Red Hill Patrick Henry National Memorial

1250 Red Hill Rd, Brookneal, VA

History of Red Hill

Red Hill (the plantation) was first owned by 11 men who were granted 30,000 acres of land “ beginning at the mouth of Falling River on the North fork of the Roanoke River in Brunswick County from thence on both sides of the River for Compliment in one or more surveys.”

Three of the owners were John Tyler of Williamsburg, John Palmer, a lawyer and bursar of William & Mary College, and Richard Booker of Amelia County. John Tyler’s son Louis and Richard Booker’s son Richard Marot married daughters of John Palmer, and thus began the tangle which any historian must sort through to find out who owned what land at Red Hill.

Richard Marot Booker inherited the land (700 acres) in 1772, but Louis Tyler was living in the house at that time, according to Powhatan Bouldin who wrote “ An Old Trunk.” At that time, Richard Marot Booker was listed as a resident of Halifax County, probably living at “ Seven Islands,” directly across the river from Red Hill. During 1772, Richard Marot’s name begins appearing on Charlotte County records, so it is assumed that he moved to Red Hill sometime that year, while Louis Tyler moved further downstream. Later, Tyler would die during the Revolution, and Booker would buy his land.

Richard Marot Booker speculated in land, and by 1789 was heavily in debt. He began selling off property, and in March of 1794 Patrick Henry purchased the 700-acre tract from him. He then began adding to the parcel, including the Tyler land, eventually owning 2,930 acres in Campbell and Charlotte Counties. Henry also purchased Booker’s “ Seven Islands” plantation in Halifax County.

The house itself remained quite modest during Henry’s life. You can read about what Red Hill was like in Henry’s day here (link to Henry’s day page), or more about the plantation here (link to slave life).

When Patrick Henry died, the Red Hill house and half the plantation went to his two sons John Henry and Edward Winston Henry. The two moved back to Red Hill in 1815. Edward Winston married in 1817, after which he and his wife resided at Red Hill for a time. John Henry then married in 1826 and brought his new wife Elvira McClelland to Red Hill, where the couples both lived. During the time they were all living there, Edward and his wife had seven children and John and Elvira had three. This family growth began to cramp the space of the two families, and, feeling the need for more living space, they divided the property in 1832.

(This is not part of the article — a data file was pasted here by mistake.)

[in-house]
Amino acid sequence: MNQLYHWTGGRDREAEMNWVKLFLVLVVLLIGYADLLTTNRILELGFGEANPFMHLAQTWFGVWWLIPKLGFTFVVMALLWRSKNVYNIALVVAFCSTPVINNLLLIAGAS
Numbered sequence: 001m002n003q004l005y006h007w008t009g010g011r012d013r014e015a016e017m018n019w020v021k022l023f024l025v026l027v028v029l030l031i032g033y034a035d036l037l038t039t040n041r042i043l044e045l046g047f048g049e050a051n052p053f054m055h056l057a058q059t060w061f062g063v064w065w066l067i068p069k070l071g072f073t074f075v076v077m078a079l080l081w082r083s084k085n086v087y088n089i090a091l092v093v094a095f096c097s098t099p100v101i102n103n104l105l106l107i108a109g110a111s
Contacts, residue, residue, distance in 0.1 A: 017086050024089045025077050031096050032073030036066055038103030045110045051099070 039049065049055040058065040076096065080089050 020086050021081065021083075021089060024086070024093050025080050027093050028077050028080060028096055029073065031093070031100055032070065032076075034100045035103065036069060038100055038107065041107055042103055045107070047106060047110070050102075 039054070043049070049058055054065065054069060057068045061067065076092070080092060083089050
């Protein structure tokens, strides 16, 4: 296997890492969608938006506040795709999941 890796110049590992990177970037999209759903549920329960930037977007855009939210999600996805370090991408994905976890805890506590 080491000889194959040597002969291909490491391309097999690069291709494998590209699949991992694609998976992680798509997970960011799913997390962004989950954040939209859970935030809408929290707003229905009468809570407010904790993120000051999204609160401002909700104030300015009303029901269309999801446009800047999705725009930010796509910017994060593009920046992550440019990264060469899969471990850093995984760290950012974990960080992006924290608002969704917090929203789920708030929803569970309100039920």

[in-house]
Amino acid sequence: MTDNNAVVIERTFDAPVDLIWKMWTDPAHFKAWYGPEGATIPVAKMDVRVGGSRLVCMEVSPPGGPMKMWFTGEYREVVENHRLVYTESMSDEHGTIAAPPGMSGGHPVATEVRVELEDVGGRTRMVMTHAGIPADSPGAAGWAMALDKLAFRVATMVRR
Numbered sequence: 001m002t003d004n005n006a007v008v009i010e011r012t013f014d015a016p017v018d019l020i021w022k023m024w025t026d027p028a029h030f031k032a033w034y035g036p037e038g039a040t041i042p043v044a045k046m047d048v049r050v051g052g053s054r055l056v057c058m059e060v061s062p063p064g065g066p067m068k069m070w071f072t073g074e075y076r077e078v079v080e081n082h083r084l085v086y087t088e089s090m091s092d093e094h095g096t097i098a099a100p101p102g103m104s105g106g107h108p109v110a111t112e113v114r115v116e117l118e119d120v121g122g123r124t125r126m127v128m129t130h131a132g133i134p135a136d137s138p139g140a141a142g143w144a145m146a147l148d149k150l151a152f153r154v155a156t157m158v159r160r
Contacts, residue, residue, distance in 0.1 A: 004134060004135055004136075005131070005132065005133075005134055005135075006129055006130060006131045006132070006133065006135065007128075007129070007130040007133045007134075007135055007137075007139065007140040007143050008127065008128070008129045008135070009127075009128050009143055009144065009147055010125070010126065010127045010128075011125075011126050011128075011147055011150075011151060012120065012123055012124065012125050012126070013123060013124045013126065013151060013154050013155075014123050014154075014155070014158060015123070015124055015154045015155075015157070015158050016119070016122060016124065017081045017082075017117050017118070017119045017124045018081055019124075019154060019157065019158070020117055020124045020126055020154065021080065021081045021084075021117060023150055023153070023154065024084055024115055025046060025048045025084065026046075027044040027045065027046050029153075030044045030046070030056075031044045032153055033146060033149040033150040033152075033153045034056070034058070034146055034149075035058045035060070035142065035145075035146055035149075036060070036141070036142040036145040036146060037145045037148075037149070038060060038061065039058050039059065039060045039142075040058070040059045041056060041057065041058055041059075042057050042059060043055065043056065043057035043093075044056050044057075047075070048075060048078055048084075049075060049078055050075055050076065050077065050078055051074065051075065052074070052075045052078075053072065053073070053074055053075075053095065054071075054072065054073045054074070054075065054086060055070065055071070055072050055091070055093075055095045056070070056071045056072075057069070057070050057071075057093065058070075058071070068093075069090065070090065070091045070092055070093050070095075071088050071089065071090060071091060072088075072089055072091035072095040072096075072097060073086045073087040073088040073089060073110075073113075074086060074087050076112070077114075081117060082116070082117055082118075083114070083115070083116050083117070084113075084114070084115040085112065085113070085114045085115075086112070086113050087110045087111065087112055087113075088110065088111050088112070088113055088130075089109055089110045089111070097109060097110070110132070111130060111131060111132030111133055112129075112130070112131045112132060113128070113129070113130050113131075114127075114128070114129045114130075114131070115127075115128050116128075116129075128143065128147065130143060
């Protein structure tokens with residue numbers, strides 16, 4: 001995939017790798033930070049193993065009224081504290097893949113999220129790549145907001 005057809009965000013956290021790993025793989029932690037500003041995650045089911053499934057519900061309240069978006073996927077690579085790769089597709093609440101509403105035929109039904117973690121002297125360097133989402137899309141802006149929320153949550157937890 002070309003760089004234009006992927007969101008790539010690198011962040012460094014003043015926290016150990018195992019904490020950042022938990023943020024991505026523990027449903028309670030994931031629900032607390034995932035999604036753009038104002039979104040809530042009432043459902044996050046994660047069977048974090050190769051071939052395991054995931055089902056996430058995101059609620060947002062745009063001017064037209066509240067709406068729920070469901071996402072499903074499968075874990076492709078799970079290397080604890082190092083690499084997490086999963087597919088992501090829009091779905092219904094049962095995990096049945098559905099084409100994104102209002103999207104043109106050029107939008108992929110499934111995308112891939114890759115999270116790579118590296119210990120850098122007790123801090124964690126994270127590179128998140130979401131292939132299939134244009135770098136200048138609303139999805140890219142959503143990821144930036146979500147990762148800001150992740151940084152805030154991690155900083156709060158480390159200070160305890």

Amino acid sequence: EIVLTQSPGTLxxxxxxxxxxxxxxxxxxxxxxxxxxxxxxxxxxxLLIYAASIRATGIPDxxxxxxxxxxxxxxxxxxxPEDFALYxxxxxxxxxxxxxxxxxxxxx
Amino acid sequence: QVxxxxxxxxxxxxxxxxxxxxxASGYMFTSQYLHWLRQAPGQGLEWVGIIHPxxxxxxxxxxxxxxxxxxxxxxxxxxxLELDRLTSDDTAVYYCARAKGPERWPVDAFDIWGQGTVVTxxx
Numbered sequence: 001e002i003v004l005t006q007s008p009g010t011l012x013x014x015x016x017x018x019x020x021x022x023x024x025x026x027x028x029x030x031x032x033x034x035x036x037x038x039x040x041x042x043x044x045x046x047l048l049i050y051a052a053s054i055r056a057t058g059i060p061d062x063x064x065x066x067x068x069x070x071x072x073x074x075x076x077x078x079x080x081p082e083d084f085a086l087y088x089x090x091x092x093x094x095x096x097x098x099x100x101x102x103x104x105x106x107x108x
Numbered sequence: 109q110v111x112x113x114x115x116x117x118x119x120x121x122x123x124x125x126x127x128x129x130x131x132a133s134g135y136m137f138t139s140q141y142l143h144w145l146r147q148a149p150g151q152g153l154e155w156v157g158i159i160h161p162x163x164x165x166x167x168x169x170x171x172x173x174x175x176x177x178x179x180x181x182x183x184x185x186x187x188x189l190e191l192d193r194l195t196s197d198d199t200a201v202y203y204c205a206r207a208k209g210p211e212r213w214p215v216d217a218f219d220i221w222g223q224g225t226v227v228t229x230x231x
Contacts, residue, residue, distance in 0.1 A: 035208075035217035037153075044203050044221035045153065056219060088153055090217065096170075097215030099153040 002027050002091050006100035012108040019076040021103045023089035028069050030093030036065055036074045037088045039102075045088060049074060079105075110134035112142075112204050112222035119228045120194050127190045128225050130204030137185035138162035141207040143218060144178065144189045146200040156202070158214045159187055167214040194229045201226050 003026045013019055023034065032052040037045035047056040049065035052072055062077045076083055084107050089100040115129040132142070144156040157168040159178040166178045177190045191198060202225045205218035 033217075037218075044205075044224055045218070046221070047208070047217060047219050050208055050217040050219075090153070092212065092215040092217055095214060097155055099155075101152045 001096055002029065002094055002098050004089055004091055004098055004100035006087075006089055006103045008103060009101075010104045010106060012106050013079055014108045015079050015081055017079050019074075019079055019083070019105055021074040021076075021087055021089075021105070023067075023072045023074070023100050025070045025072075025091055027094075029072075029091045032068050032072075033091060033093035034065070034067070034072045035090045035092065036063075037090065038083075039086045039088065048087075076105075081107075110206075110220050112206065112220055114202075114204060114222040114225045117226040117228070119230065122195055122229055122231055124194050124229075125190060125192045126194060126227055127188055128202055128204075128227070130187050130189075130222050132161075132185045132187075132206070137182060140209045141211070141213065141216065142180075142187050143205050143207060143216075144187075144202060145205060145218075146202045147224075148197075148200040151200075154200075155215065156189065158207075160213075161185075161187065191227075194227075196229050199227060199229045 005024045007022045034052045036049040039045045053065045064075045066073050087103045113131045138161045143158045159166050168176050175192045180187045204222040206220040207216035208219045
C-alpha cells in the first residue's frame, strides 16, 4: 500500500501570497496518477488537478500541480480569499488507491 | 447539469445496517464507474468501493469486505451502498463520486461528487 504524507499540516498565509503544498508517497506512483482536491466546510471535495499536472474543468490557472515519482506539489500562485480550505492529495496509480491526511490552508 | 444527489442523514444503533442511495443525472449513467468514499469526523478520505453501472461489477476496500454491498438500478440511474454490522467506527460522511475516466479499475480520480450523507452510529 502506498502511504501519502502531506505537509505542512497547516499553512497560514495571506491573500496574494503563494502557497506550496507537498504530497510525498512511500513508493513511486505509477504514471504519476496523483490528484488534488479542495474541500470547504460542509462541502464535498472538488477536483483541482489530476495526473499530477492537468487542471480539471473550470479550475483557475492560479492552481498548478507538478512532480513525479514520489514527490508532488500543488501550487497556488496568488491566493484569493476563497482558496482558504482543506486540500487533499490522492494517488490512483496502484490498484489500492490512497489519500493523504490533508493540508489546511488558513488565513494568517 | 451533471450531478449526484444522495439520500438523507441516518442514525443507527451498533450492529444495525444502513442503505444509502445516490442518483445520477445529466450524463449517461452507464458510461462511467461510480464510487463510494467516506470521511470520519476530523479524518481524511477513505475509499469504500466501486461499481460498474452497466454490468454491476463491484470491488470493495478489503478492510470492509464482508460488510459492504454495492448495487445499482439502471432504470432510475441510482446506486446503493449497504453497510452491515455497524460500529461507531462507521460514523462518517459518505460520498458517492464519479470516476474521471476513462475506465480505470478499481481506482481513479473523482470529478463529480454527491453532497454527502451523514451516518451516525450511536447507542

It was John and Elvira who then added the first two-story addition to the house and began beautifying the grounds. The gardens were Elvira’s project—she built an orangery to plant orange and lemon trees, planted a D-shaped boxwood garden in the pattern of her grandmother’s, and brought many exotic plants and shrubs to be planted on the grounds. She was so enthusiastic in her landscaping that one of John’s older siblings had cause to complain that “ that young wife of John is ruining Red Hill.” When John Henry died in 1868, he left the estate to his wife and children, and Elvira remained there until her own death in 1875.

 

 

 

Source:
Patrick Henry Memorial Foundation



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